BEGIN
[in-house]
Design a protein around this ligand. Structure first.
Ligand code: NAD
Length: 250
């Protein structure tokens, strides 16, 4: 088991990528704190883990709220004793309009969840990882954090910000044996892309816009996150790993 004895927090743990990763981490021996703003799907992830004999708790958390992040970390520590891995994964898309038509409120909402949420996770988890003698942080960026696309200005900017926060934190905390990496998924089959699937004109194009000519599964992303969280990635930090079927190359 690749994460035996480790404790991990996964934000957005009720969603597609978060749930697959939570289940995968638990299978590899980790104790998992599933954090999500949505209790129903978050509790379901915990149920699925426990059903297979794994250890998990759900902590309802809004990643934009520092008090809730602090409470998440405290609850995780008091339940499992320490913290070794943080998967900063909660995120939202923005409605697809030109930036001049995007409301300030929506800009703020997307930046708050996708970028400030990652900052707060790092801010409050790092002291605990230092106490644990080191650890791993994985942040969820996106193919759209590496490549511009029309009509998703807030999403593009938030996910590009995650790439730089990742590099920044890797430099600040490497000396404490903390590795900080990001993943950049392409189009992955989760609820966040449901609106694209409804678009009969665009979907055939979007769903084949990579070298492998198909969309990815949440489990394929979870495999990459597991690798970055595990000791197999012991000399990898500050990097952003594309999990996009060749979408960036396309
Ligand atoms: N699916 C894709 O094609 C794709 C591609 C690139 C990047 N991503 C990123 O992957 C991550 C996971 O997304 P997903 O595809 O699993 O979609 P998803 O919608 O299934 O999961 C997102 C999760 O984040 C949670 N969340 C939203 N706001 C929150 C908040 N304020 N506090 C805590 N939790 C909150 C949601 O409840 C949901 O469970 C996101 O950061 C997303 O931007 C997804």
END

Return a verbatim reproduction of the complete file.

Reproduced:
[in-house]
Design a protein around this ligand. Structure first.
Ligand code: NAD
Length: 250
């Protein structure tokens, strides 16, 4: 088991990528704190883990709220004793309009969840990882954090910000044996892309816009996150790993 004895927090743990990763981490021996703003799907992830004999708790958390992040970390520590891995994964898309038509409120909402949420996770988890003698942080960026696309200005900017926060934190905390990496998924089959699937004109194009000519599964992303969280990635930090079927190359 690749994460035996480790404790991990996964934000957005009720969603597609978060749930697959939570289940995968638990299978590899980790104790998992599933954090999500949505209790129903978050509790379901915990149920699925426990059903297979794994250890998990759900902590309802809004990643934009520092008090809730602090409470998440405290609850995780008091339940499992320490913290070794943080998967900063909660995120939202923005409605697809030109930036001049995007409301300030929506800009703020997307930046708050996708970028400030990652900052707060790092801010409050790092002291605990230092106490644990080191650890791993994985942040969820996106193919759209590496490549511009029309009509998703807030999403593009938030996910590009995650790439730089990742590099920044890797430099600040490497000396404490903390590795900080990001993943950049392409189009992955989760609820966040449901609106694209409804678009009969665009979907055939979007769903084949990579070298492998198909969309990815949440489990394929979870495999990459597991690798970055595990000791197999012991000399990898500050990097952003594309999990996009060749979408960036396309
Ligand atoms: N699916 C894709 O094609 C794709 C591609 C690139 C990047 N991503 C990123 O992957 C991550 C996971 O997304 P997903 O595809 O699993 O979609 P998803 O919608 O299934 O999961 C997102 C999760 O984040 C949670 N969340 C939203 N706001 C929150 C908040 N304020 N506090 C805590 N939790 C909150 C949601 O409840 C949901 O469970 C996101 O950061 C997303 O931007 C997804």